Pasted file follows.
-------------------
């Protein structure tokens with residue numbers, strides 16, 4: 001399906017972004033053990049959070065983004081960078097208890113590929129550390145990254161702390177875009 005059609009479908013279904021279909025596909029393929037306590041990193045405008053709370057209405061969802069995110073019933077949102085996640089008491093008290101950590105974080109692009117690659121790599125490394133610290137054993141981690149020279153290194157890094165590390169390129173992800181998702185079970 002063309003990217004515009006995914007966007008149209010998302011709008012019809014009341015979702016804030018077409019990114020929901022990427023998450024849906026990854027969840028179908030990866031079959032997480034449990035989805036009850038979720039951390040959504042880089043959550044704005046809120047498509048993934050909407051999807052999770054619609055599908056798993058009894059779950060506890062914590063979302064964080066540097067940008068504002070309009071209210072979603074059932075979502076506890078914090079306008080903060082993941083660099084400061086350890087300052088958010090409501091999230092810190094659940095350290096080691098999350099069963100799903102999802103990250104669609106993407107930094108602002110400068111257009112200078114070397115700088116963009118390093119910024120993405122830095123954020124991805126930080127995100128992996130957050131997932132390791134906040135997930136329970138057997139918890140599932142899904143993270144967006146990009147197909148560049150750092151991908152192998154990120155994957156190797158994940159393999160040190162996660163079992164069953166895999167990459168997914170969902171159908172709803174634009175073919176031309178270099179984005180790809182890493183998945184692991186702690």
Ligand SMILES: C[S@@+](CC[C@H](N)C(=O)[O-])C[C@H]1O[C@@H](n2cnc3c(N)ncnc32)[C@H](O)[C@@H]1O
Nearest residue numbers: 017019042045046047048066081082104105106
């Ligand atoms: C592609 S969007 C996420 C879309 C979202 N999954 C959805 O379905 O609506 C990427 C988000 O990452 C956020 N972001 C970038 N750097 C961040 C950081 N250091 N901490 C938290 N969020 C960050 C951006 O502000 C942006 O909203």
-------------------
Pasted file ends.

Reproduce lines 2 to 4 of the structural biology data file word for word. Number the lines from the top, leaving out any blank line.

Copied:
Ligand SMILES: C[S@@+](CC[C@H](N)C(=O)[O-])C[C@H]1O[C@@H](n2cnc3c(N)ncnc32)[C@H](O)[C@@H]1O
Nearest residue numbers: 017019042045046047048066081082104105106
């Ligand atoms: C592609 S969007 C996420 C879309 C979202 N999954 C959805 O379905 O609506 C990427 C988000 O990452 C956020 N972001 C970038 N750097 C961040 C950081 N250091 N901490 C938290 N969020 C960050 C951006 O502000 C942006 O909203």